https://agilebits.com/store

  • Reply 10 of 38
    I'm webmaster for a site that uses registration/login honeypots (hidden form fields) to detect spambots. Occasionally one of our users complains that they're being blocked from logging in, and without exception, we have found it's because they have 1Password installed and 1Password is filling in one of the honeypot fields with information (typically a second copy of their password). Usually, their resetting 1Password fixes the problem, but it's something users should be aware of if they find themselves getting blocked.
  • Reply 11 of 38
    Originally Posted by akqies View Post

    Those that would use 1Password aren't likely to use or like Apple's iCloud Kwychain. Applw's solution is for people that would otherwise just use the same password for everything.

     

    Not really. I use different passwords for everything; not having to remember them, even once, to put them on every device is the tops.

  • Reply 12 of 38
    dugbugdugbug Posts: 283member
    Quote:

    Originally Posted by akqies View Post





    Those that would use 1Password aren't likely to use or like Apple's iCloud Kwychain. Applw's solution is for people that would otherwise just use the same password for everything.

     

    I did not get that impression.  iCloud keychain and the mac os password generator / suggester seem to go hand in hand and offer unique logins for any site/service.  It also offers to remember credit cards.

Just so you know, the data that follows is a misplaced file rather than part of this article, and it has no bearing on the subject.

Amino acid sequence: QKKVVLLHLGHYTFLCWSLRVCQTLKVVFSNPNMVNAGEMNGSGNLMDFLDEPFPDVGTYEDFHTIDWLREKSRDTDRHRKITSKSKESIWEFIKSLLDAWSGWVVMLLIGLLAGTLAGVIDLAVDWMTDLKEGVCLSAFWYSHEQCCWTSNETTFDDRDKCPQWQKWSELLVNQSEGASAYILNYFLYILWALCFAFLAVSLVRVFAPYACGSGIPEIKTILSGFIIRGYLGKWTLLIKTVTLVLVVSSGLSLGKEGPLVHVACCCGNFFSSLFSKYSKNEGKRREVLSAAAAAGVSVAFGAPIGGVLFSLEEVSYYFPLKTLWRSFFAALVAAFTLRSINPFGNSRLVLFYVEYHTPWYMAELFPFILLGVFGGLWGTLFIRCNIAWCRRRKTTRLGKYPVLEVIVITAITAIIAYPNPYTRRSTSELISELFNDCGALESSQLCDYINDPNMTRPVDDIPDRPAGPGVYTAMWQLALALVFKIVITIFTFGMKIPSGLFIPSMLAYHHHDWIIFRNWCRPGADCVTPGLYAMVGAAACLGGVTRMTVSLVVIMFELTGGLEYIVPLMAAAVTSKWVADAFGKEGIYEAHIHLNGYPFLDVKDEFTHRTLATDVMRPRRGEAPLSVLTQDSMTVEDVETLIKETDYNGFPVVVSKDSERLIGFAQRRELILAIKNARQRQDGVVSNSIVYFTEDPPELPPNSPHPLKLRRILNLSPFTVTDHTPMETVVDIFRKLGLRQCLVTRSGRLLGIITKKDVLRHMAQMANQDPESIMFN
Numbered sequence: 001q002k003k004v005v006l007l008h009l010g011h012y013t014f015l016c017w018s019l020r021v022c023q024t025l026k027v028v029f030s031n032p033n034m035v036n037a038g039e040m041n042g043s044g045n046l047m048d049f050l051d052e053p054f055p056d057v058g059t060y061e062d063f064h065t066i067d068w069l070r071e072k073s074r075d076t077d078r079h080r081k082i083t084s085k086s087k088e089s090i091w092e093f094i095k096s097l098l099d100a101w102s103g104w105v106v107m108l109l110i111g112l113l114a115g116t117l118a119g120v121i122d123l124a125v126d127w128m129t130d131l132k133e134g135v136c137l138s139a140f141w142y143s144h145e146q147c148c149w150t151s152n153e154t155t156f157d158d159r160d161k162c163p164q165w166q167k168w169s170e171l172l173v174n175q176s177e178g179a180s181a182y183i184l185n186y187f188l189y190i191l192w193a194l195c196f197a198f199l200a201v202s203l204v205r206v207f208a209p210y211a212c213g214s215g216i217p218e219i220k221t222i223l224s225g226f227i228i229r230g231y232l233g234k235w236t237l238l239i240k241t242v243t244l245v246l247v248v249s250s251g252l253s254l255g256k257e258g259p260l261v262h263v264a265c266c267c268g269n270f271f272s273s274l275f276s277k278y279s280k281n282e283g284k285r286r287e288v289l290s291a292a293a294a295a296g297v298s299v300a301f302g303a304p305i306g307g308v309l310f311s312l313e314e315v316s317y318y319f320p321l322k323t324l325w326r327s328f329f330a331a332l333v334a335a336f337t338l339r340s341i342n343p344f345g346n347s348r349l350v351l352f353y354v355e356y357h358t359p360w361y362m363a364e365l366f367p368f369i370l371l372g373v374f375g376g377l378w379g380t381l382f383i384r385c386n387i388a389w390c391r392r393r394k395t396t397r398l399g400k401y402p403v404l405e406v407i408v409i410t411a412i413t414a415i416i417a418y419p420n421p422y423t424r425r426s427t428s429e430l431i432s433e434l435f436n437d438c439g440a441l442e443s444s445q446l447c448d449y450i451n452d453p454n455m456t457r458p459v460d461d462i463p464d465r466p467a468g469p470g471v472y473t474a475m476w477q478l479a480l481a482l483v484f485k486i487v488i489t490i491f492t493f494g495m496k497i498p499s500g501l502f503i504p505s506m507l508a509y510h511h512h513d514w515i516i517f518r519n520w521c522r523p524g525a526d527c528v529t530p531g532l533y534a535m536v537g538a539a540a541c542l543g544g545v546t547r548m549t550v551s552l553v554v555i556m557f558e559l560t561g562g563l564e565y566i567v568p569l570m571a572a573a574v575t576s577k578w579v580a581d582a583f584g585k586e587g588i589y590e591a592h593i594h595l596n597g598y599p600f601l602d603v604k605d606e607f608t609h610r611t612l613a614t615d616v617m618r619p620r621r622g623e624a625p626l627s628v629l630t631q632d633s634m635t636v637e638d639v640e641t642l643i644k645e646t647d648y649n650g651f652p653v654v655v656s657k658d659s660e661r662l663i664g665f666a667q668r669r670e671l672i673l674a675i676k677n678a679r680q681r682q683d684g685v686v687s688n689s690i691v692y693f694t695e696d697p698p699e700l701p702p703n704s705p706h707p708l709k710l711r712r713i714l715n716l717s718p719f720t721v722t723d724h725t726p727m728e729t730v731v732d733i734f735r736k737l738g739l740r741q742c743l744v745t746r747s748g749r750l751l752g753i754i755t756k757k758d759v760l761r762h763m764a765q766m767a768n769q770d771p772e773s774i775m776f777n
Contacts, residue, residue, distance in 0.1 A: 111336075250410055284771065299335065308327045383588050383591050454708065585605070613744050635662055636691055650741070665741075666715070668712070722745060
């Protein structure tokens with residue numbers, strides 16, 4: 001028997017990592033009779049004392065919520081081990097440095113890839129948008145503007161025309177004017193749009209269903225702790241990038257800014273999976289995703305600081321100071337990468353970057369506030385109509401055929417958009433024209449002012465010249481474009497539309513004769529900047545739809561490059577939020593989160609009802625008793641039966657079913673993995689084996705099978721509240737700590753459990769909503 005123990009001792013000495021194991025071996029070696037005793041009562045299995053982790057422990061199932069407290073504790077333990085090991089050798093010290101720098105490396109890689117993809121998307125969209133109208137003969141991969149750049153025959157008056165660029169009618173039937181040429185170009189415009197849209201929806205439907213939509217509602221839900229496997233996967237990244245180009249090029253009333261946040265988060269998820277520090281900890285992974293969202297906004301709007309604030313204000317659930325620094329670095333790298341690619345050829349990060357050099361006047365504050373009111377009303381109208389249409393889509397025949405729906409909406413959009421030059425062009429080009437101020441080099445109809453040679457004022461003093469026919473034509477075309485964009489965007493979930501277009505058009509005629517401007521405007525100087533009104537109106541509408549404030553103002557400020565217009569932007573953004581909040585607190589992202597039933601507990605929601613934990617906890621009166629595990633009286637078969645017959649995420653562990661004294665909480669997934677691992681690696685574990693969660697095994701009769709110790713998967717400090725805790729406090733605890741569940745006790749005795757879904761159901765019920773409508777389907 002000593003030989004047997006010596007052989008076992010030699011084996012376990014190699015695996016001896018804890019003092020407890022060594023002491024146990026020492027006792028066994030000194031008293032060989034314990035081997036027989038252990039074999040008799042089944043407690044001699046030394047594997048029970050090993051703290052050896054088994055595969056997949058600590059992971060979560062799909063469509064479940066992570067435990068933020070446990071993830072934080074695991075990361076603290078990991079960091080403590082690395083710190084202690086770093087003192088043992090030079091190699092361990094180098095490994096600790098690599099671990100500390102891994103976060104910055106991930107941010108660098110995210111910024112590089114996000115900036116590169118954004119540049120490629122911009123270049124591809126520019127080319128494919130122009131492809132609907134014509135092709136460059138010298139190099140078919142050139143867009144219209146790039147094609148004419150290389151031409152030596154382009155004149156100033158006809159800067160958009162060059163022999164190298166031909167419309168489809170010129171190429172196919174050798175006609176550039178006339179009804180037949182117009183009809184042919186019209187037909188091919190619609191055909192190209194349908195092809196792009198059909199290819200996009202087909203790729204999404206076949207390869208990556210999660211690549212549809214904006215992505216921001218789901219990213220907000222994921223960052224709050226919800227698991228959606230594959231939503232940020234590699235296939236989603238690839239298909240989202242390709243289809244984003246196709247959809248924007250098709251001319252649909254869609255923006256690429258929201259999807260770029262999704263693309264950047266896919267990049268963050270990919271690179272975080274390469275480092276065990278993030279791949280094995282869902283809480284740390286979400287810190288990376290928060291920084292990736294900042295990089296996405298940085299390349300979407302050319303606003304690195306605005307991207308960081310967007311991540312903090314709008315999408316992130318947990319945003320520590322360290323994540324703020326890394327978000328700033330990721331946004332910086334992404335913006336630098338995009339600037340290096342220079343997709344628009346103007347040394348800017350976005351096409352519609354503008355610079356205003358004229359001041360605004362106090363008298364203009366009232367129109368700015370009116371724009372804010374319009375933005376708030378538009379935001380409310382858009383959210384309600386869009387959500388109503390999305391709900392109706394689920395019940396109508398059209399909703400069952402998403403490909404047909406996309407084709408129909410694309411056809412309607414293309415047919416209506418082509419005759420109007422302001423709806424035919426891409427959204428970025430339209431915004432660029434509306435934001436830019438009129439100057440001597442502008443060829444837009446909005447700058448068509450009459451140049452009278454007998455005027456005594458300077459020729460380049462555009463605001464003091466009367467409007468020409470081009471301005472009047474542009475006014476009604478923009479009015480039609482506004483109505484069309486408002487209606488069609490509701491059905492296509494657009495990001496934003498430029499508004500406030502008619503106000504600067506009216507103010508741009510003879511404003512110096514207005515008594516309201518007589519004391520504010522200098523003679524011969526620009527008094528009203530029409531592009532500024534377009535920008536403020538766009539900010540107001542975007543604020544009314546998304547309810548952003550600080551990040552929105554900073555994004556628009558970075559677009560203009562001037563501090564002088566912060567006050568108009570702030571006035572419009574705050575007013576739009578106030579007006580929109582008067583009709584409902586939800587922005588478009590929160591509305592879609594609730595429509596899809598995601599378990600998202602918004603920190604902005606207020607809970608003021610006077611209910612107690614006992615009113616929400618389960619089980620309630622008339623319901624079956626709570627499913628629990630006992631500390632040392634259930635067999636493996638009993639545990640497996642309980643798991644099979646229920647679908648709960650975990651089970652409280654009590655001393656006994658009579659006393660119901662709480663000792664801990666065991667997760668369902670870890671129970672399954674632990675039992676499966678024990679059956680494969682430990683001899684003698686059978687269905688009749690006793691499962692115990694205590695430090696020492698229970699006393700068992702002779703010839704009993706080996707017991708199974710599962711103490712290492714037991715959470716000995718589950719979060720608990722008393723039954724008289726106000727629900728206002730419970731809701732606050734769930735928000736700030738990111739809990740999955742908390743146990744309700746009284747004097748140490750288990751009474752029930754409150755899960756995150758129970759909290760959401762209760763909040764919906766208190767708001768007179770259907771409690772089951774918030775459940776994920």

• Reply 13 of 38
    iaeeniaeen Posts: 588member
    alienzed wrote: »
    crap, bought this like 2 weeks ago for almost 70$

    If you bought it directly from agilebits (not the App Store) you should get the upgrade for free.

    I bought version 3 several months ago, and at the time they were advertising free upgrade to 4.
  • Reply 14 of 38
    Nice update. Completely redundant when people upgrade to 10.9

    edit: pipped by TS
  • Reply 15 of 38

    I've used this app for a few years on my iMac, iPhone and iPad. 

     

    I kept seeing it at the top of the list of every article titled, e.g., "Top 10 Must Have Apps!"

     

    I have been quite pleased with it's integration and relatively ease of use once set-up. 

     

    I have deliberately used all Apple's apps/SW as opposed to third party options. So when Mavericks Keychain comes out I will read the reviews and make my decision whether or not to upgrade 1Password.

  • Reply 16 of 38
    maestro64maestro64 Posts: 4,518member
    Quote:

    Originally Posted by iaeen View Post





    If you don't want iCloud or Dropbox sync then you can turn it off.



    On the other hand, as long as you are using a strong password to lock 1password there is no way anyone will be able to access your data, so you don't really need to worry about it being stored in the cloud.